InterNations Featured Blog
Recommended Expat Blogs: Netherlands
Everybody who has spent time in a different country knows that expat life is not quite like anything else in the world. The confusion of the first few days and weeks, the slow, but steady process of acclimation, the little peculiarities and quirks that might strike you about your new surroundings: almost any situation you encounter can make for a great story. If you are so inclined and want to blog about it, of course!
Our InterNations recommended blog section features talented expat bloggers from around the world. Their offerings to the blogosphere have been selected for their great entries and high quality, whether they may be funny, informative, interesting, deeply personal or a combination of all of the above.
Let’s hear from our featured bloggers in the Netherlands:
When I first came to Holland I did experience a lot of culture shock. It’s not as if the culture was hugely different (as it might have been if I’d move to Japan for example) but there were enough little surprises here and there that caught me off guard. In the beginning it was enough to cause me trouble to work out what was going on around me but slowly after time I started to settle in.
Try to remember that you are a guest in this country. People from other countries are always different than you are used to and the Dutch are no exception. Be kind, respectful and they will usually be the same.
I don’t feel that I had a particular strong experience of culture shock. The Netherlands has quite a lot in common with the UK and I had my experience from Estonia to help me out. Does that mean there was nothing that fazed me? Definitely not.
Our children's international school was a great go-to source, hosting an orientation for parents as well as incoming students and holding info sessions throughout the year on various topics. I also did a lot of online research once I was here, so I've got a better sense of where to look for the next international move. Expat sites and blogs are great sources of info, and I've had several people planning to move to the Netherlands find my blog and contact me.
I had traveled in Europe and worked with the Dutch, so I thought I knew it all. In truth, I understood maybe 10% of what I needed to know. So I made a lot of early mistakes before finding out how things are done, from setting up business accounts to getting the internet connected. A local mentor or business partner would have helped. In hindsight, I also wish that I had gotten a bike sooner and made more of an effort to learn the language.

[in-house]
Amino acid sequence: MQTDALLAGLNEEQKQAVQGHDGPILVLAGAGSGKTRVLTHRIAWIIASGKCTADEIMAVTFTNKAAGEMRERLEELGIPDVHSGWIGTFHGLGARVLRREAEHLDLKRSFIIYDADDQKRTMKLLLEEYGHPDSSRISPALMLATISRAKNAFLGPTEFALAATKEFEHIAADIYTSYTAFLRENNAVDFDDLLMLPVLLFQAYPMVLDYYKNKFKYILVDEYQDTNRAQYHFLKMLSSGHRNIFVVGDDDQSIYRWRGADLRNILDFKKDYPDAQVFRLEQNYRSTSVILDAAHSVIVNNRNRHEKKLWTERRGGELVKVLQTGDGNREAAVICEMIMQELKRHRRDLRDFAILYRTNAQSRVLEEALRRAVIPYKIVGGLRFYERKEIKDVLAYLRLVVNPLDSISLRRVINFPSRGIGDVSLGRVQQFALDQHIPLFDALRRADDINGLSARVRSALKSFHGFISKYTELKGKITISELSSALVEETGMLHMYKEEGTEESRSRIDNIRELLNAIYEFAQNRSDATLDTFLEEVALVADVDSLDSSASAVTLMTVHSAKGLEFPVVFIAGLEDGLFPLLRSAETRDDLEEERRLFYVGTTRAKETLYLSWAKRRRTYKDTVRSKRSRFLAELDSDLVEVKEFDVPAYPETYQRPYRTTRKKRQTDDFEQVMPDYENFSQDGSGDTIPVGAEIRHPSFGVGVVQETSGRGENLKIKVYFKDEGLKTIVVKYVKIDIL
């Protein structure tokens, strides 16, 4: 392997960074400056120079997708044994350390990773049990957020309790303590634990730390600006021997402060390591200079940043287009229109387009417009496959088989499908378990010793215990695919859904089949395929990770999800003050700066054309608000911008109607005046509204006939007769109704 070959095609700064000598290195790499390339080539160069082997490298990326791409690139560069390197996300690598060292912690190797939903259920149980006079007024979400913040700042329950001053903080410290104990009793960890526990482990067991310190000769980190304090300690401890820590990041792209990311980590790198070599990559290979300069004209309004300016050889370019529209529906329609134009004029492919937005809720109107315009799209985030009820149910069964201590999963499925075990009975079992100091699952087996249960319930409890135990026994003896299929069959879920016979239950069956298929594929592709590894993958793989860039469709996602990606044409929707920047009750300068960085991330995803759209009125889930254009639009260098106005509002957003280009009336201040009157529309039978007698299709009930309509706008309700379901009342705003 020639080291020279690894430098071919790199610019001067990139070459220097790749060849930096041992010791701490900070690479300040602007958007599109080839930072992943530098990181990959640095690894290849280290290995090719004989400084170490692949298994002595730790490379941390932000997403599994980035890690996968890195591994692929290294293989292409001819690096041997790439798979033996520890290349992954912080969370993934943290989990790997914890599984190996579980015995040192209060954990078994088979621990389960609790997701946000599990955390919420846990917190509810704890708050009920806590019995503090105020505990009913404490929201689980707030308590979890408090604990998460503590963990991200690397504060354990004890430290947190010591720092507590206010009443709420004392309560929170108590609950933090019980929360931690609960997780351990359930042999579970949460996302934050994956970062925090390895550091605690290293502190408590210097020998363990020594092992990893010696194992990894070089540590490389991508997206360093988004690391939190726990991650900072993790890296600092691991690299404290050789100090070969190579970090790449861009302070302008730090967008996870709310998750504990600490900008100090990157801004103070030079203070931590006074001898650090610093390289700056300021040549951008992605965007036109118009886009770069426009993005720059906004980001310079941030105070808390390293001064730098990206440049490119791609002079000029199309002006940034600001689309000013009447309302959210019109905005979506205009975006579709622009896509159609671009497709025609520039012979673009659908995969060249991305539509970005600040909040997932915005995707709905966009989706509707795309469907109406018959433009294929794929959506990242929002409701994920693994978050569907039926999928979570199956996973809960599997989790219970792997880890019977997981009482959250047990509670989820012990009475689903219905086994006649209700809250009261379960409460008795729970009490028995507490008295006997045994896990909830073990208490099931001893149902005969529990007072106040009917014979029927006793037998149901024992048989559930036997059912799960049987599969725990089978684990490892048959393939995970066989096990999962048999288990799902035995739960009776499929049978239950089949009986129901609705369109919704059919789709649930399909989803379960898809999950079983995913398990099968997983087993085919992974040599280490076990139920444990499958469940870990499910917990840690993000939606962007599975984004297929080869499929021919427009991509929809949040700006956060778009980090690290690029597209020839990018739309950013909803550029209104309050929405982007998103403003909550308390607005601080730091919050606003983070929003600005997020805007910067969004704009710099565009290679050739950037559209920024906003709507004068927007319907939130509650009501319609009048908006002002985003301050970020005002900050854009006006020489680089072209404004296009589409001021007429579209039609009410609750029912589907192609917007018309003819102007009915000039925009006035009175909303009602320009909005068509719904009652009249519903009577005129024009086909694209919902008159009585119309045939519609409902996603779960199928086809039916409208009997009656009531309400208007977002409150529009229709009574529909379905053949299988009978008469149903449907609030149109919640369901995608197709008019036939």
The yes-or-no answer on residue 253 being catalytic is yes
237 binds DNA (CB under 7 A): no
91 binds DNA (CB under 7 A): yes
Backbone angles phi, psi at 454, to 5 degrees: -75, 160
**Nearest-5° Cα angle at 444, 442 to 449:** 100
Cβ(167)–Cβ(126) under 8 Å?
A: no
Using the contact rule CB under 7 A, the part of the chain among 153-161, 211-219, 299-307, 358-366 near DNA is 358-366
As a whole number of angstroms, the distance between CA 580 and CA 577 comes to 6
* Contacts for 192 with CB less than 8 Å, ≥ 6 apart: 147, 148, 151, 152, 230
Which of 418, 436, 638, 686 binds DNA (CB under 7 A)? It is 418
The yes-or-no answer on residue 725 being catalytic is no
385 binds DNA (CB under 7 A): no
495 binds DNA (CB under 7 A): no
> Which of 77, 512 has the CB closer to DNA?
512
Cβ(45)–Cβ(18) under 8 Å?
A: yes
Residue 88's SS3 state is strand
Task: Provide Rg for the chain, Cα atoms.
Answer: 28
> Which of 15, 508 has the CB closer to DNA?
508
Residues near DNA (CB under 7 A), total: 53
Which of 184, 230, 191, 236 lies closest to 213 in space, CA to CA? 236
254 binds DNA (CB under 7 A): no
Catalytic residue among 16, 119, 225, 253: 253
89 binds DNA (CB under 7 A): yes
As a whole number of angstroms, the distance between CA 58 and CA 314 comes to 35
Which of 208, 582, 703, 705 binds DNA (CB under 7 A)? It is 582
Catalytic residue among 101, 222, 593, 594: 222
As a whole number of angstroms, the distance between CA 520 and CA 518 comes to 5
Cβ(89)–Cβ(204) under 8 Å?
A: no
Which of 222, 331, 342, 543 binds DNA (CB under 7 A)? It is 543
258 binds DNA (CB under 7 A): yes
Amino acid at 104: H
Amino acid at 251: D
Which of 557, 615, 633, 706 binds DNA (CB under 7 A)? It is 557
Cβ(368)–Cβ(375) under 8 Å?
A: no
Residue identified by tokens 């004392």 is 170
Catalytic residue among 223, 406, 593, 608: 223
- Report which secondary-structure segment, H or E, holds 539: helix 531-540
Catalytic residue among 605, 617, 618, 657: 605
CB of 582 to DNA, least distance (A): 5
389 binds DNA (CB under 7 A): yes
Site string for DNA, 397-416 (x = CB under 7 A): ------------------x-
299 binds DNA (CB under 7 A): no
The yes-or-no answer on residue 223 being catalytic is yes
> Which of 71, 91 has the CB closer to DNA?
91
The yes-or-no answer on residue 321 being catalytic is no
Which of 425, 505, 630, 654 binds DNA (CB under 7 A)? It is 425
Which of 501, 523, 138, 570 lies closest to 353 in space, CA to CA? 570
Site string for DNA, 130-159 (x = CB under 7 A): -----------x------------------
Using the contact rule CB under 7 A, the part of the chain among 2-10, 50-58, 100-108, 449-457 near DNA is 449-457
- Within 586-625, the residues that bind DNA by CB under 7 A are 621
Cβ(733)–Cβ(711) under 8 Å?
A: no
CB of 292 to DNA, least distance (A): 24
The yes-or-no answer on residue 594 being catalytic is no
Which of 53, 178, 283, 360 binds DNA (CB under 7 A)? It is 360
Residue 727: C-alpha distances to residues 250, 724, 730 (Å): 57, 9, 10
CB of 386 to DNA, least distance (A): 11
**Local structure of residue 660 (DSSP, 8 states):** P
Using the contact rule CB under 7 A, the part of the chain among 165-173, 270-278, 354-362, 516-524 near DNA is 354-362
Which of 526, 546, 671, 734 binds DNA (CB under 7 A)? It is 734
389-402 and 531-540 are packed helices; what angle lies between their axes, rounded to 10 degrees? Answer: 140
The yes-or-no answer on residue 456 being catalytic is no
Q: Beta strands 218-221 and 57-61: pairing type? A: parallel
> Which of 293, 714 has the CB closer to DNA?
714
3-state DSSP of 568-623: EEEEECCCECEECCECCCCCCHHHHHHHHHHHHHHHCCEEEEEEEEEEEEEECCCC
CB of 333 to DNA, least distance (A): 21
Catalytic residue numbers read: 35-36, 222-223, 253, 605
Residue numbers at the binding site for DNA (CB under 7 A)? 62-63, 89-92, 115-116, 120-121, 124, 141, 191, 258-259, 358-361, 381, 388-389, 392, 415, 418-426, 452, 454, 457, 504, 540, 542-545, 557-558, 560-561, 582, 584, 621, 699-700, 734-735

Settling in, it takes time. The Dutch are very open and friendly people but they have their own lives, their own ways and their own friends and it takes a long time before you can really break down those boundaries and feel you fit in.
There are a few things that I would change about my preparations, I would have to say calling the municipality and booking registration appointments in advance of getting on the boat would've been a good idea – but the information that lead me to this discovery was only discovered after we had already moved into our new house.
Be prepared for people to speak their mind in a blunt and to the straight-to-the-point way. Subjects that might be taboo at home are fair game here. It’s nothing to have a frank discussion about your weight in the shared kitchen at work, for example.
There were definitely things that needed getting used to- healthcare being one of them. My other experiences were extremely positive. One way my life differs from my life in Poland is that it is much more exciting here. There are so many things happening. I think living in the Netherlands has made me more creative and outgoing.
My life is not so different from what I was used to back home, except that it’s more relaxed. Of course I had trouble in the beginning finding products in the shops and finding my way around the neighborhood, and it was also somehow strange how individualistic people here are. But I picked up the basics of the language very fast and made an effort to talk to anyone I met and joined as many activities as I could, so this way I made the whole transition easier for myself.
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